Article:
An eighteenth-century choir // A gene that “kisses” // Harry Potter // Saudi cousins // Songbirds //And, of course, pimply faced adolescents.
Adolescent Development: The Turning Point
For 27 years, until his death in 1750, Johann Sebastian Bach led three male choirs in Leipzig. Most of the singers were teenagers, almost all of them musical prodigies. By the standards of the time, German school officials kept excellent records on each student, including his date of birth, academic performance and family history. More than two centuries later, an enterprising historian had the idea of poring over those records in an attempt to document, retrospectively, an adolescent trait that is very pertinent to the male choir business.
One of the classic physiological changes of puberty—indeed, one of the most gratingly obvious—is when a boy’s voice “cracks,” or deepens. In the late 1960s, S. F. Daw, a researcher at Worcester College in Oxford, England, attempted to correlate the change in voice, and thus the timing of puberty in eighteenth-century boys, with the part each of Bach’s choristers sang. (Music historians believe that boys whose voices had not yet broken sang soprano, the highest vocal part for male adolescents; boys in the midst of changing sang alto; and boys in whom the change was complete sang tenor and bass.) The results, which Daw published in 1970 in the journal Human Biology, suggested that the average age of a boy whose voice was changing was about 16.5 to 17 years—some three years later than the comparative age for a modern European boy.
Many of the changes in physical features during puberty, such as height and shape and sexual maturation, are obvious, but less visible aspects of development also occur throughout the adolescent body. A voice breaks, for example, because of a growth spurt in the larynx, which stretches out the size of the vocal cords and, like loosening the strings on a guitar, lowers the voice.
The cycle of change generally unfolds during a three-year period, although the starting gun for these enormous transformations goes off at different times for different children. For some puberty starts early; for others, insufferably late. What’s more, the timing has significant—and, scientists think, lifelong—ramifications for the psychological makeup and well-being of adults, affecting everything from self-esteem to such unhealthy behaviors as substance abuse. But that shouldn’t be surprising, really, when one considers that some of the most profound changes occur in the adolescent brain.
Scientists have been studying puberty (the word derives from the Latin pubescere, “to grow hairy”) in humans for decades, but until recently, there was still a central mystery: Boys and girls are suspended in childhood until the brain registers some unknown combination of environmental cues and genetic prompts, unleashing a cerebral signal—for puberty really begins in the head. All the tumultuous shudders of physical change in the armpits, bones and groin begin when a small nub of neural tissue known as the hypothalamus emits a barely perceptible chemical whisper. But what flips the switch to initiate puberty? What tells the brain that it is time to change a sexually immature child into a reproductively competent adult?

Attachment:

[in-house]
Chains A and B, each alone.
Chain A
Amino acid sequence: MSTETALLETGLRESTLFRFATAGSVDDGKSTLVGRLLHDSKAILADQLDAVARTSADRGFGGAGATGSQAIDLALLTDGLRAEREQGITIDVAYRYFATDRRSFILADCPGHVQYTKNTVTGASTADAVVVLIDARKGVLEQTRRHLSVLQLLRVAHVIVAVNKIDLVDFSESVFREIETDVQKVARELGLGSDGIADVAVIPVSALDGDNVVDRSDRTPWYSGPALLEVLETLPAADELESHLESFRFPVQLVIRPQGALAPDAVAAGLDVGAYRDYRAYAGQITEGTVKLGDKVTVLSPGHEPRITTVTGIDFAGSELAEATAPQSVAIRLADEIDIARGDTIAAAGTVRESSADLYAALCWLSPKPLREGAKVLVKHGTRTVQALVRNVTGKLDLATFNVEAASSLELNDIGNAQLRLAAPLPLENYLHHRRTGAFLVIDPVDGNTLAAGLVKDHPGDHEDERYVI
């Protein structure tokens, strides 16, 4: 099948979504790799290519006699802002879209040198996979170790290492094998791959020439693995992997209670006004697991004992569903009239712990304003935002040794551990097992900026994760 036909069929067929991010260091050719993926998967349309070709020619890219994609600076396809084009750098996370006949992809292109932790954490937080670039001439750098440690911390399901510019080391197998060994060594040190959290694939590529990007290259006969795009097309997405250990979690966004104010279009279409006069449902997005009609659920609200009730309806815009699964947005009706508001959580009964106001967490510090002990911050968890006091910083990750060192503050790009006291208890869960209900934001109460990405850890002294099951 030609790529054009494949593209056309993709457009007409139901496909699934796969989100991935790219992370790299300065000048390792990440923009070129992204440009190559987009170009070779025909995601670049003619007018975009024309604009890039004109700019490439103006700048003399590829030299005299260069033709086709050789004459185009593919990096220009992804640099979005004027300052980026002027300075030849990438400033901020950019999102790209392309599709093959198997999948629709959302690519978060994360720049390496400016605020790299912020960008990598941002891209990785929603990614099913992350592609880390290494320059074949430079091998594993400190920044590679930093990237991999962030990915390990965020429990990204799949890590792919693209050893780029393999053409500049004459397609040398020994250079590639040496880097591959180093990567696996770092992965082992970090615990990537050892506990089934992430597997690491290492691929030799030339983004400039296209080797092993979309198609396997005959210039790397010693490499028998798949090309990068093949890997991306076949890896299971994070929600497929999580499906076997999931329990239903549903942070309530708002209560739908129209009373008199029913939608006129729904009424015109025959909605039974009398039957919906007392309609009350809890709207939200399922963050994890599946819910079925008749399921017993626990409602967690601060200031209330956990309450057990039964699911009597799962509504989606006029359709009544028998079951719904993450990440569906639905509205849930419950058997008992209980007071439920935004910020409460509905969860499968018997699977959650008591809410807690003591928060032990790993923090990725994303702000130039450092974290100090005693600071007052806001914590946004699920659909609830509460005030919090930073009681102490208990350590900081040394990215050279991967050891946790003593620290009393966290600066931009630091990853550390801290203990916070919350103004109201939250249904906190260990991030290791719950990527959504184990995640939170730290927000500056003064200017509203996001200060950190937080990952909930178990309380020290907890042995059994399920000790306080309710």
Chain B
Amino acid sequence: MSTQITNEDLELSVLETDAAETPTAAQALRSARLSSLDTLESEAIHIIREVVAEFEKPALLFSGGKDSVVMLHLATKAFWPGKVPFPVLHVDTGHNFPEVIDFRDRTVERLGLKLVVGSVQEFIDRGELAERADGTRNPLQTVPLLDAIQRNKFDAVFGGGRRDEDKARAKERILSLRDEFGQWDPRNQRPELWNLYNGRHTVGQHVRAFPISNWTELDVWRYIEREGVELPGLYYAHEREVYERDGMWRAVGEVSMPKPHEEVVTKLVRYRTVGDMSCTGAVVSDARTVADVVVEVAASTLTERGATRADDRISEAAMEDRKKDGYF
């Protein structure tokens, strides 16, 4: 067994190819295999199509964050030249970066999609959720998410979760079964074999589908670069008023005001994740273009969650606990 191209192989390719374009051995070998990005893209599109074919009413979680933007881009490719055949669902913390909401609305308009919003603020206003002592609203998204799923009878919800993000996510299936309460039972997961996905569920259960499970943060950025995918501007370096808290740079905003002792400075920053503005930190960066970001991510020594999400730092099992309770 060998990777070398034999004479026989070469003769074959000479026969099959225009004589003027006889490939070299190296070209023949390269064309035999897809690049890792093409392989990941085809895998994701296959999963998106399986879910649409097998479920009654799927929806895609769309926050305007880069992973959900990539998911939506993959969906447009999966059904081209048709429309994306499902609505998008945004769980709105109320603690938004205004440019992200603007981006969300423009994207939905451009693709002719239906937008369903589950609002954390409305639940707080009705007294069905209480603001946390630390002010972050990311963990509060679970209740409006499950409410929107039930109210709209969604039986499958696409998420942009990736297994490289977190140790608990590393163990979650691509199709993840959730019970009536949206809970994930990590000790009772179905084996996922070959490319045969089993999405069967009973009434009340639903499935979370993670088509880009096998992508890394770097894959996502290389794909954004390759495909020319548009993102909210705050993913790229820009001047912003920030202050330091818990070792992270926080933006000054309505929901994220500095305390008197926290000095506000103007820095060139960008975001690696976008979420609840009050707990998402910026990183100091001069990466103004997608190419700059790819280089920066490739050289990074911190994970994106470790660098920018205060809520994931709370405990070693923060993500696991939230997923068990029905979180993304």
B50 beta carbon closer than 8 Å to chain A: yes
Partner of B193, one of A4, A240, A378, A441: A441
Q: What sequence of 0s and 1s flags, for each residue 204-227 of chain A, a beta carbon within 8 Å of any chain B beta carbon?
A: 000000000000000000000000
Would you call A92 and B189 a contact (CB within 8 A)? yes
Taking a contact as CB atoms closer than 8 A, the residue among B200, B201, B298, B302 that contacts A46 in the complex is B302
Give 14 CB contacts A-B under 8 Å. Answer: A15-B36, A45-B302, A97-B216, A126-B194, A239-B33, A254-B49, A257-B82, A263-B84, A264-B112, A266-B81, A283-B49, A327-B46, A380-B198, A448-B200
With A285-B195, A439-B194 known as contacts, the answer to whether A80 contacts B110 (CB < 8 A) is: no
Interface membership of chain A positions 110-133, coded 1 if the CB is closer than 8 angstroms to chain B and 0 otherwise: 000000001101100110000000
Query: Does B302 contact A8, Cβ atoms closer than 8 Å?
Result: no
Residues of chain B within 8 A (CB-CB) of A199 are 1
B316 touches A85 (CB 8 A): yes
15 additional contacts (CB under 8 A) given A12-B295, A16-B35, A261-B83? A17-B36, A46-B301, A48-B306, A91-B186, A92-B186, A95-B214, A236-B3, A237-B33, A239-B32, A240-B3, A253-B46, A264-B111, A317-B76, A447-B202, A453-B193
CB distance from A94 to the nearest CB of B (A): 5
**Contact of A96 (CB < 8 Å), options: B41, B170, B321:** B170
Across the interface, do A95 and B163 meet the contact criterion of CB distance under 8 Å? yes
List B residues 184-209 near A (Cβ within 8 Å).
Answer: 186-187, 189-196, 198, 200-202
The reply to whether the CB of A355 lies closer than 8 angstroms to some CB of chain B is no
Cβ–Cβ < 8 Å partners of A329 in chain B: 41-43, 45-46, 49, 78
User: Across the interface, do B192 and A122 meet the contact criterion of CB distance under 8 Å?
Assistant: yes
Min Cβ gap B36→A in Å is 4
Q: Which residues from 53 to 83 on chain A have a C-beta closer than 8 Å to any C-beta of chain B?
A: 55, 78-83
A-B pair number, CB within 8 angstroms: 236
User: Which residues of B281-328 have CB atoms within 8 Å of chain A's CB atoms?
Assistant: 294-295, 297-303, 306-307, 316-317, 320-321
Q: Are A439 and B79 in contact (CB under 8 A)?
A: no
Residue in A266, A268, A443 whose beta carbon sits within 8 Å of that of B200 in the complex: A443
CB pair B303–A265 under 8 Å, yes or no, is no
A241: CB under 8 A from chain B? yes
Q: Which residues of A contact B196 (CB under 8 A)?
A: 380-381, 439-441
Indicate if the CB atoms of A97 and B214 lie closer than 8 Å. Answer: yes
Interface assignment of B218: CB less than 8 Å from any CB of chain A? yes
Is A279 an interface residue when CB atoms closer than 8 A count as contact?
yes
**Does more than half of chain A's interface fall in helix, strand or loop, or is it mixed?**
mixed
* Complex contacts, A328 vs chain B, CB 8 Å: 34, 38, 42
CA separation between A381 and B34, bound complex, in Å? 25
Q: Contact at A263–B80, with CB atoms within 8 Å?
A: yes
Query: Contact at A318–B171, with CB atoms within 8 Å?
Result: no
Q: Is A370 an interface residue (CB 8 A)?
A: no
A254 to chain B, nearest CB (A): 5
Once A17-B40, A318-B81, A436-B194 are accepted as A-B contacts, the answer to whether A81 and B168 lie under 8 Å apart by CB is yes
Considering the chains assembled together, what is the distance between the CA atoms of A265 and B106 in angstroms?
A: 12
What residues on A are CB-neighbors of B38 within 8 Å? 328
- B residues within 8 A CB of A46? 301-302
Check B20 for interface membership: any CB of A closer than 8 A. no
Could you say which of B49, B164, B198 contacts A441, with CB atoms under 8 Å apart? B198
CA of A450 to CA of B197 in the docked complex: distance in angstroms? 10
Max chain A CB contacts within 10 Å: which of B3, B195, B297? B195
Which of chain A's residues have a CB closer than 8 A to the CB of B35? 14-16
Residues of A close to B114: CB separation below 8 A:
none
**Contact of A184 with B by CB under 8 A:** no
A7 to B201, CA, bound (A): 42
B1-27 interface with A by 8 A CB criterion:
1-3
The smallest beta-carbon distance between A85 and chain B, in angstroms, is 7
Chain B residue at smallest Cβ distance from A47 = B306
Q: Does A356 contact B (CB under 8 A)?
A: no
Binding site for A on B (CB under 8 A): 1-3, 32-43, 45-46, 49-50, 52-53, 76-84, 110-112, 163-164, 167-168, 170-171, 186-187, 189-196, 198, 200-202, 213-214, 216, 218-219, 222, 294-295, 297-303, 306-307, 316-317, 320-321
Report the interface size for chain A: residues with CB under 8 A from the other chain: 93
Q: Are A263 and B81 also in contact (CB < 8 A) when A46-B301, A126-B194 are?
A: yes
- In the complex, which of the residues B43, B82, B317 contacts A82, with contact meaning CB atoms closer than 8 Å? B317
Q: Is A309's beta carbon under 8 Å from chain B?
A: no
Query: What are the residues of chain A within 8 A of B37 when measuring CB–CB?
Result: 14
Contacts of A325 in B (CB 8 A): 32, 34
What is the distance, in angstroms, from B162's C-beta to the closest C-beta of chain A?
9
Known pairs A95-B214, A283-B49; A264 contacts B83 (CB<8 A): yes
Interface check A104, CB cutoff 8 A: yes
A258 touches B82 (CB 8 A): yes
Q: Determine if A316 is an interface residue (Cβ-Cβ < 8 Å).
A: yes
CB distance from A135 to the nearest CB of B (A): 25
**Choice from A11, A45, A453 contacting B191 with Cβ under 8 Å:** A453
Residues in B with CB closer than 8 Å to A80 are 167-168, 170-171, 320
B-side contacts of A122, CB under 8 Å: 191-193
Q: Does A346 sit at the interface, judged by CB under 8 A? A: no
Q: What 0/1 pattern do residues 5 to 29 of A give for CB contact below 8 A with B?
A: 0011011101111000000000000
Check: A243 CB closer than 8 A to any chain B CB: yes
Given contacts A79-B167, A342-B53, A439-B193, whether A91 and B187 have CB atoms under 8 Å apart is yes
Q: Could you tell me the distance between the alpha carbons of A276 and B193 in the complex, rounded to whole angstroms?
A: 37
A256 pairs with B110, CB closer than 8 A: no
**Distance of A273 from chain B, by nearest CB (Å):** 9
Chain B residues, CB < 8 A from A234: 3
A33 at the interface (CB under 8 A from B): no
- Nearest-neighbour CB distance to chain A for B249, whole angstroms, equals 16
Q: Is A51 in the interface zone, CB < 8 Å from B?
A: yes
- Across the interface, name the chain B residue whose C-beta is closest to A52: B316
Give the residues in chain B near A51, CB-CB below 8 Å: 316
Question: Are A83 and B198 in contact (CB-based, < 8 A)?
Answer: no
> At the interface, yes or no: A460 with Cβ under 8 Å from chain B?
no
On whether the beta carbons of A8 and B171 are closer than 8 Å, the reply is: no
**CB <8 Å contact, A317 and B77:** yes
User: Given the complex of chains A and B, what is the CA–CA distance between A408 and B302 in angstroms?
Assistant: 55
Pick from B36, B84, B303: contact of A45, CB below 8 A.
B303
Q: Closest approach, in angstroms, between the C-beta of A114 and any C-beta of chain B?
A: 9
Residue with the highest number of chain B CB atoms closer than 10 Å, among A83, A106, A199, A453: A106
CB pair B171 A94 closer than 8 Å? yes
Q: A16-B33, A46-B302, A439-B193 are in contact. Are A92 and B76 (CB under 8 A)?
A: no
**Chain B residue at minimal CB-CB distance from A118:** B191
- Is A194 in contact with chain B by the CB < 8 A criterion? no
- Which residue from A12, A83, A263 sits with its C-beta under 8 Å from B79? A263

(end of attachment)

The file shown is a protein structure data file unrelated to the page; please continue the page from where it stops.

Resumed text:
In the 1970s, two scientists, one at the Salk Institute in San Diego (Roger Guillemin), the other at Tulane University in New Orleans (Andrew Schally), competed to discover the hormone that controls sexual development in humans. When the dust settled, both had a hand on the prize: a molecule known as gonadotropin-releasing hormone, usually abbreviated GnRH.
The discovery reshaped the working biochemical definition of puberty. “Everyone thought the pituitary was the master gland,” remembers William F. Crowley Jr., who began practicing endocrinology just after Schally and Guillemin did their pioneering work. “It turns out that the pituitary, like all of us, works for someone else. The real boss is the hypothalamus.”
The new, biochemical description of puberty goes like this: The hypothalamus releases tiny squirts of GnRH, sending a chemical message that travels just two or three millimeters—the length of a hyphen—to the pituitary gland, which, in turn, begins releasing small, pulsed secretions of two hormones, follicle-stimulating hormone (FSH) and luteinizing hormone (LH). Those hormones act on the sexual organs of both boys (testicles) and girls (ovaries), causing them gradually to grow in size and to release more, increasingly potent, sex-specific hormones—estradiol in girls and testosterone in boys.